The solvent can also cause some ink pen lines to smear if it comes in contact with it.

The longterm health effects with exposure to solvent is a volatile (pun intended) subject. Here is an article on the dangers of solvent inhalation and Sudden Sniffing Death Syndrome.

We keep a handful of Sharpies on hand for use on cardboard boxes and shipping boxes. We promise not to sniff them, and of course, they are not given to kids to use!

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Classic office Sharpies


Some metallic markers only come in solvent-base and we’ve used them successfully before.  However, they dry out quickly on the nibs and do not come in a  super-fine nib option.

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Pilot Gold and Silver Markers


We’ve used these metallic markers and for a gorgeous gold leaf looking finish, they are spectacular, although not very precise to use.  They must be shaken before use and will dry out fairly soon after opening, so plan ahead!:

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Krylon 18 kt Gold Leafing Pen, Silver Leafing Pen and Copper Leafing Pen

In Conclusion

So, ask yourself a number of questions and some additional thoughts to help you make a good choice!

Am I going to be using my markers on something fragile like a treasured book that needs no bleed-though and a super fine line?  Then you need an ink-based ultra-fine nib pen-like Pigma by Sakura.

Do I want bold swaths of color with quick layin like an illustrator would use? The Spectrum Noir Illustrator or any chisel end marker would be a good choice, or the Spectrum Noir TriBlends for flawless blending.

Do I want to step up to the famous quality of Copic Alcohol Markers and have the ability to refill my most used pens and replace the nibs as they wear down?

Or do I want a more budget-friendly option of Copics? Check out our article on Alternatives to Copic here

Do I want a more painterly or calligraphic approach to make inspiring word art, or greeting cards?  Perhaps you would like watercolor brushes the best like Le Plume, or an alcohol-based marker with longer more supple brush ends like  Copic.

Do I want to color on rubber stamps and then stamp the image onto a cardstock? Then Le Plume might be your favorite option, they are dye-based.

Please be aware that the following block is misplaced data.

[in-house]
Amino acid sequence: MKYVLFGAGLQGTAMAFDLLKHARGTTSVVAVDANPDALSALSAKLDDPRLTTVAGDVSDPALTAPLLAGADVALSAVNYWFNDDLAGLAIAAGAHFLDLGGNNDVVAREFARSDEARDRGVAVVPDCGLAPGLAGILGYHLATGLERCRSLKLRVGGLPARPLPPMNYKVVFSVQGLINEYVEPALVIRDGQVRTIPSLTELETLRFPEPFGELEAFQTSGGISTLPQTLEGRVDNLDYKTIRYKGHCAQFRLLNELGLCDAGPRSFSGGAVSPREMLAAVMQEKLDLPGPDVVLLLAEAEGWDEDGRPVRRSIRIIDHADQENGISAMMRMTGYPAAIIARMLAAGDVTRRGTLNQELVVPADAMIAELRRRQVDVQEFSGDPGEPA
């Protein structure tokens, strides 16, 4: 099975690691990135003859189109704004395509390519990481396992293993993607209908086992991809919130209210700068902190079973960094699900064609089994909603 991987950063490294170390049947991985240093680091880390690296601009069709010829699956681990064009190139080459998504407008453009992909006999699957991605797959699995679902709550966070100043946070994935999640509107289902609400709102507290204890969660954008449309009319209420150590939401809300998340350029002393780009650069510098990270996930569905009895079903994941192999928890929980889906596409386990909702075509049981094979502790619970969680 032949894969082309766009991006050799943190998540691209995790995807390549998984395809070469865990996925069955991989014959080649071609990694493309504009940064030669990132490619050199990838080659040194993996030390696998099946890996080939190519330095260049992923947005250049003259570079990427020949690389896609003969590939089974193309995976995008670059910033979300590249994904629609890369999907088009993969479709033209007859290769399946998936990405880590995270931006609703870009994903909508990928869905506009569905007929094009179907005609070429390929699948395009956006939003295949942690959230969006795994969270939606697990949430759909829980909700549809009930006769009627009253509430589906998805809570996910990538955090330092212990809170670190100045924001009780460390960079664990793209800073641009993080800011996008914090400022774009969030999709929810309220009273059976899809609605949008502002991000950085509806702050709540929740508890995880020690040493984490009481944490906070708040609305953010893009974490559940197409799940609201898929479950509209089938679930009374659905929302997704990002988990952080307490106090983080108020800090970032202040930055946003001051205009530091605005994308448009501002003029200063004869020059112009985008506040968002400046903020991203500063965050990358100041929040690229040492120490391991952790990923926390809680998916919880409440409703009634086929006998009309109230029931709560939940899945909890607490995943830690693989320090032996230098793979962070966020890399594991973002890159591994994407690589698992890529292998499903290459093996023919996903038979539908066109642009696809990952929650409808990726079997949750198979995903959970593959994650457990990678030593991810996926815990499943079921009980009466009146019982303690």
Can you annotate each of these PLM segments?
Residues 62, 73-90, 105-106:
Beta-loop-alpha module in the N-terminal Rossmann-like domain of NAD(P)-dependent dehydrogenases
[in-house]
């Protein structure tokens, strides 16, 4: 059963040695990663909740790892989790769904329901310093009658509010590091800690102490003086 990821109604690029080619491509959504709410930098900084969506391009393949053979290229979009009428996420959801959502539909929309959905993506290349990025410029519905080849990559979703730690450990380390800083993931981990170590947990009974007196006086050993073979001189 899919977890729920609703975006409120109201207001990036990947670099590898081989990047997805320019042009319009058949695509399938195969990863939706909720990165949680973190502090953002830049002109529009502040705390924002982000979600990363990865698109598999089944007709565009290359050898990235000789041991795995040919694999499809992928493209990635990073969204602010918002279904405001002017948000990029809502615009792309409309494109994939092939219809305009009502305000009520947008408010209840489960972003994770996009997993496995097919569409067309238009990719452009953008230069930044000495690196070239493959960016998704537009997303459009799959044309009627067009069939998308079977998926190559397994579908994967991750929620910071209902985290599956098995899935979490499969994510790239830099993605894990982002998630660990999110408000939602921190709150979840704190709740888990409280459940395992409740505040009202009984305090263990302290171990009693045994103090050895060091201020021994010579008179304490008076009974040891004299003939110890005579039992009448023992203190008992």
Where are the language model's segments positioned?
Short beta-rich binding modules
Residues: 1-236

Am I excited to try flawless blending techniques like ombre? Then watercolor brush pens of any brand will be fun or try the superb colorants in Copic or  Art-N-Fly brands alcohol markers.

Do I want to try and draw on top of my color marks with pen, ink or colored pencil? Then to be sure they don’t smear, use alcohol markers for the first color layin. Check out our experience here.

Do I want to try watercolor techniques for a watery look or artsy landscape look? Any water-based marker should give you that opportunity.

Do I need colors to intricately color in adult coloring books? Then select a pen with ultra or very fine nib. Fine nibs are often too large for intricate spots.

Do I want to paint on non-porous surfaces like rocks or pottery? Then select an acrylic paint marker.

Do I want to draw on fabric like t-shirts or fabric shoes? Make sure the markers you select are specifically for fabrics and heat set your final designs before you wash the fabrics.

There you have it!  So many markers, and so many options!

Be sure to check out all our tutorials and reviews for more in-depth information and help!

Like this tutorial about how to use Arteza watercolor brush pens and see this article for a great alcohol based markers tutorial.

Good luck and be sure to email me with your questions!

Anita HC

I hope you are enjoying this article! I love helping creators learn. My goal is to help you find the knowledge and inspiration you need. Check out our library of articles and visit often...I'm adding articles every week! Thank you again for reading!